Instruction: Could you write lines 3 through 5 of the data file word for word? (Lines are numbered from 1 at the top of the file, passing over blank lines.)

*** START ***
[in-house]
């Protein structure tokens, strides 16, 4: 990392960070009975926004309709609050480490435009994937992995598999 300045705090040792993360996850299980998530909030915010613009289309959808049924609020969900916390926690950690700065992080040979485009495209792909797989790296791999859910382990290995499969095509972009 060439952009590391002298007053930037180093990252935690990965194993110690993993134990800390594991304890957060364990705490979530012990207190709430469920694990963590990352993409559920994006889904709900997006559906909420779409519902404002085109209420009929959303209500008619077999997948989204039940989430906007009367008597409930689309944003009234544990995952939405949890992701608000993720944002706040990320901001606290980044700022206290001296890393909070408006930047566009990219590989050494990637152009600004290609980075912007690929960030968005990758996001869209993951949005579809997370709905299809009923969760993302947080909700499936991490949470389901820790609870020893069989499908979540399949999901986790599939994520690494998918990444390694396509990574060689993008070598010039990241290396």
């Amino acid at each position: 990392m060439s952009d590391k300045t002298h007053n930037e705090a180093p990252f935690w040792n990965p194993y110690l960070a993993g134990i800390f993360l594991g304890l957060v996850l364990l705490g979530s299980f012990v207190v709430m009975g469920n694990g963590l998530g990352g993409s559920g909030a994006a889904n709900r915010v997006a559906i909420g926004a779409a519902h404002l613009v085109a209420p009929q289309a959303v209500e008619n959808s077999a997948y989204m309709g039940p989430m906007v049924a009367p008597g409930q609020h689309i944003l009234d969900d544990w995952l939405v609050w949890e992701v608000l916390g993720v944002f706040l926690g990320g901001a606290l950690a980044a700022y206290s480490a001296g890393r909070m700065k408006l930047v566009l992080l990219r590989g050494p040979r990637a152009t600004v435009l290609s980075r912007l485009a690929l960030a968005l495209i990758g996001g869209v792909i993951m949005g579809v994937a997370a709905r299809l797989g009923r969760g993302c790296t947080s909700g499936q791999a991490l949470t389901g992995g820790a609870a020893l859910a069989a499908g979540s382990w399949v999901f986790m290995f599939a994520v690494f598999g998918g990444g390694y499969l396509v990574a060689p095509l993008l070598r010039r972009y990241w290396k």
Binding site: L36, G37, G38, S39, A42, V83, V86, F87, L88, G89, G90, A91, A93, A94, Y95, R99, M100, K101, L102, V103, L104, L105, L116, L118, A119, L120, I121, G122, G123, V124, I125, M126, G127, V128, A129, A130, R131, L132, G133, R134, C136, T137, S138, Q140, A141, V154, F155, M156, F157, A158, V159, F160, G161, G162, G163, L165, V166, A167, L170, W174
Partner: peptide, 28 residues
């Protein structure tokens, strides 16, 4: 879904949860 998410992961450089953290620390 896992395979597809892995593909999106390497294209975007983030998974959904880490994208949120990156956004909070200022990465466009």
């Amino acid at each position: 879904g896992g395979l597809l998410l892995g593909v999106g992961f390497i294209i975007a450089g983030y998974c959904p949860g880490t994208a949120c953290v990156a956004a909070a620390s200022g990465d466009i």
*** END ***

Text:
């Amino acid at each position: 990392m060439s952009d590391k300045t002298h007053n930037e705090a180093p990252f935690w040792n990965p194993y110690l960070a993993g134990i800390f993360l594991g304890l957060v996850l364990l705490g979530s299980f012990v207190v709430m009975g469920n694990g963590l998530g990352g993409s559920g909030a994006a889904n709900r915010v997006a559906i909420g926004a779409a519902h404002l613009v085109a209420p009929q289309a959303v209500e008619n959808s077999a997948y989204m309709g039940p989430m906007v049924a009367p008597g409930q609020h689309i944003l009234d969900d544990w995952l939405v609050w949890e992701v608000l916390g993720v944002f706040l926690g990320g901001a606290l950690a980044a700022y206290s480490a001296g890393r909070m700065k408006l930047v566009l992080l990219r590989g050494p040979r990637a152009t600004v435009l290609s980075r912007l485009a690929l960030a968005l495209i990758g996001g869209v792909i993951m949005g579809v994937a997370a709905r299809l797989g009923r969760g993302c790296t947080s909700g499936q791999a991490l949470t389901g992995g820790a609870a020893l859910a069989a499908g979540s382990w399949v999901f986790m290995f599939a994520v690494f598999g998918g990444g390694y499969l396509v990574a060689p095509l993008l070598r010039r972009y990241w290396k």
Binding site: L36, G37, G38, S39, A42, V83, V86, F87, L88, G89, G90, A91, A93, A94, Y95, R99, M100, K101, L102, V103, L104, L105, L116, L118, A119, L120, I121, G122, G123, V124, I125, M126, G127, V128, A129, A130, R131, L132, G133, R134, C136, T137, S138, Q140, A141, V154, F155, M156, F157, A158, V159, F160, G161, G162, G163, L165, V166, A167, L170, W174
Partner: peptide, 28 residues